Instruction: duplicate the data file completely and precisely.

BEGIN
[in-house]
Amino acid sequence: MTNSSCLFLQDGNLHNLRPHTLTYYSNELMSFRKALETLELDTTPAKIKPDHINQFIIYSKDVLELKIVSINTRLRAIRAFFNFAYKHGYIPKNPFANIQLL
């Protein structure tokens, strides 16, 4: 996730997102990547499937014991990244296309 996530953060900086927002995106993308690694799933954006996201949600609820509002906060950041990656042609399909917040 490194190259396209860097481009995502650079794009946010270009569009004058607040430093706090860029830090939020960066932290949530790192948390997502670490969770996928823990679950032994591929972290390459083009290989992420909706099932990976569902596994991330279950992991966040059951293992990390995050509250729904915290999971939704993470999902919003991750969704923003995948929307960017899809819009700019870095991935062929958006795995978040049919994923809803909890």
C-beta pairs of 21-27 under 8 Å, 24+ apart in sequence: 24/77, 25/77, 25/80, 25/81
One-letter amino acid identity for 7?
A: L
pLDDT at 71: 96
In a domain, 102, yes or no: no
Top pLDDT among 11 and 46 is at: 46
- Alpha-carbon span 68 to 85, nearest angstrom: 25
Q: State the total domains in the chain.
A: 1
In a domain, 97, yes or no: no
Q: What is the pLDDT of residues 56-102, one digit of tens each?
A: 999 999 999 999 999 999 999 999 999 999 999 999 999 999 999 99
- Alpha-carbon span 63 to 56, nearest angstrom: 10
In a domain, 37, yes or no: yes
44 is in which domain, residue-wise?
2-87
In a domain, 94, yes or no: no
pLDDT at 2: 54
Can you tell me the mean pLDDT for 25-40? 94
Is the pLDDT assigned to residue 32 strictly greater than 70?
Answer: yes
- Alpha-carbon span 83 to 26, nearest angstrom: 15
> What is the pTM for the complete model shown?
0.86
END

[in-house]
Amino acid sequence: MTNSSCLFLQDGNLHNLRPHTLTYYSNELMSFRKALETLELDTTPAKIKPDHINQFIIYSKDVLELKIVSINTRLRAIRAFFNFAYKHGYIPKNPFANIQLL
């Protein structure tokens, strides 16, 4: 996730997102990547499937014991990244296309 996530953060900086927002995106993308690694799933954006996201949600609820509002906060950041990656042609399909917040 490194190259396209860097481009995502650079794009946010270009569009004058607040430093706090860029830090939020960066932290949530790192948390997502670490969770996928823990679950032994591929972290390459083009290989992420909706099932990976569902596994991330279950992991966040059951293992990390995050509250729904915290999971939704993470999902919003991750969704923003995948929307960017899809819009700019870095991935062929958006795995978040049919994923809803909890």
C-beta pairs of 21-27 under 8 Å, 24+ apart in sequence: 24/77, 25/77, 25/80, 25/81
One-letter amino acid identity for 7?
A: L
pLDDT at 71: 96
In a domain, 102, yes or no: no
Top pLDDT among 11 and 46 is at: 46
- Alpha-carbon span 68 to 85, nearest angstrom: 25
Q: State the total domains in the chain.
A: 1
In a domain, 97, yes or no: no
Q: What is the pLDDT of residues 56-102, one digit of tens each?
A: 999 999 999 999 999 999 999 999 999 999 999 999 999 999 999 99
- Alpha-carbon span 63 to 56, nearest angstrom: 10
In a domain, 37, yes or no: yes
44 is in which domain, residue-wise?
2-87
In a domain, 94, yes or no: no
pLDDT at 2: 54
Can you tell me the mean pLDDT for 25-40? 94
Is the pLDDT assigned to residue 32 strictly greater than 70?
Answer: yes
- Alpha-carbon span 83 to 26, nearest angstrom: 15
> What is the pTM for the complete model shown?
0.86